This is a hard obituary to write. Unlike with previous obits I’ve written, this one is for someone with whom I was, at least vaguely, acquainted. I had an infrequent email relationship with Roger Ebert; one that mostly consisted of my sending him links to things that, more often than not, he’d tweet or send out on Facebook. I even solicited his advice on what restaurants to go to while visiting Chicago last year, advice he was happy to provide.
Roger Ebert has died of cancer at the age of 70. This was a return of cancer which he, and everyone else, had hoped was long gone. Instead it returned with an apparent vengeance, ending his life only two days after he’d posted up a very cheerful, upbeat article that seemed ironically optimistic about the future.
Though I’d only recently started writing to him, I’d been aware of Roger Ebert since I was a child. At the Movies, under its various titles, was something my mother always seemed happy for me to watch. Seeing him and Gene Siskel sparring with each other was a fascinating exercise, and I loved the way that they constantly seemed to be pushing directors to make better films than they were.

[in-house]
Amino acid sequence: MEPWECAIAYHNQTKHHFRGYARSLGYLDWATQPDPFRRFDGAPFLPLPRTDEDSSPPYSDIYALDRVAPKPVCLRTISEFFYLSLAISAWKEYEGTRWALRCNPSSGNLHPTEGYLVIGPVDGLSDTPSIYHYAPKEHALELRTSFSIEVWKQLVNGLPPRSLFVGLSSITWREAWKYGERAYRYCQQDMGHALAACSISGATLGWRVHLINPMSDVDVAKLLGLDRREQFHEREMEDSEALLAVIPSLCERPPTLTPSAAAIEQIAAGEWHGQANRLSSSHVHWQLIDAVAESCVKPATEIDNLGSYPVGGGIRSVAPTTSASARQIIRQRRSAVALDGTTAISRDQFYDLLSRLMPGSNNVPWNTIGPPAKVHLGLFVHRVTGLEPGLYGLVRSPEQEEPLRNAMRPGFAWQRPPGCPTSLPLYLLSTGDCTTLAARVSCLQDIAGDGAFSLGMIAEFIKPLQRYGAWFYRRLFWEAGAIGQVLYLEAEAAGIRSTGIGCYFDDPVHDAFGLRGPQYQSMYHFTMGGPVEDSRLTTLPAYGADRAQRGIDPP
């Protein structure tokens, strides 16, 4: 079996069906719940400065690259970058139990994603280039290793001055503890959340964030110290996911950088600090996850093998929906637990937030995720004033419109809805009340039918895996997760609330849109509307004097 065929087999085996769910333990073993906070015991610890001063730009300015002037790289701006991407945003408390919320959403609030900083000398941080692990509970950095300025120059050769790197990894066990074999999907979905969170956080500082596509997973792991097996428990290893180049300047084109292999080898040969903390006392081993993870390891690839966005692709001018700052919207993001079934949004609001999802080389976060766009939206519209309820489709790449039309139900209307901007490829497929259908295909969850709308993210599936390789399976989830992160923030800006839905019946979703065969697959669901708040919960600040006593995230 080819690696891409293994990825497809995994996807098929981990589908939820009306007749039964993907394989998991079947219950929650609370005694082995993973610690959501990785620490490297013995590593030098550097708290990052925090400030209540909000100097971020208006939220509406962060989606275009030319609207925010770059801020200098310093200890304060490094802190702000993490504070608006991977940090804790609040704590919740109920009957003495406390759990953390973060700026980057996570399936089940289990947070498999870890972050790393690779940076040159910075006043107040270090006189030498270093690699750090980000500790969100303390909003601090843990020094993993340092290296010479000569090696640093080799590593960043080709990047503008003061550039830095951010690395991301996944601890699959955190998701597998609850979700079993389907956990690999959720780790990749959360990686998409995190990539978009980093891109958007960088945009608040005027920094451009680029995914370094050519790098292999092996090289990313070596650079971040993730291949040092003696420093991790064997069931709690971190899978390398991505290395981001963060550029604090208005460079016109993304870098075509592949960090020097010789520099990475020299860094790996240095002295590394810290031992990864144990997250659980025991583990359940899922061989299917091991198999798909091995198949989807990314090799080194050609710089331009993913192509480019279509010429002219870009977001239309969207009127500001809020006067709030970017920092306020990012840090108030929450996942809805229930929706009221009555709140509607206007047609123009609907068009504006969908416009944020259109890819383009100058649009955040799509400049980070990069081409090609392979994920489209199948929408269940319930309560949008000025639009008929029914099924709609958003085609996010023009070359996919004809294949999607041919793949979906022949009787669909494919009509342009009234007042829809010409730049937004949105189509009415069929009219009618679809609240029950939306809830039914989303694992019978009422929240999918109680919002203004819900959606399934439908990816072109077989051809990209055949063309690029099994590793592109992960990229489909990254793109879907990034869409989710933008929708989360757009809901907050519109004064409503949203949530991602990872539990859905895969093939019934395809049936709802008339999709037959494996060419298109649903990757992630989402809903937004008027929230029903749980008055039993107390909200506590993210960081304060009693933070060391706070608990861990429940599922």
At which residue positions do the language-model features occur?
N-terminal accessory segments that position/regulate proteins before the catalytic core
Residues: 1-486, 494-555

It was through Roger Ebert that I’ve discovered directors like Lang, Murnau, Herzog, Wilder, and others. It was through him that I experienced films I’d never heard of before, like Ace in the Hole, M and Sunrise. His audio commentary on Citizen Kane remains one of the best commentaries I’ve ever heard, and his collections of writings, most notably a memorably-titled collection of reviews of bad films, were always incredibly good reading for me.
Ebert’s death leaves a real hole in the film criticism business, and it’s worth noting that, from now until my own death, anytime someone says the words “film critic”, Roger Ebert will be the first image that comes to mind.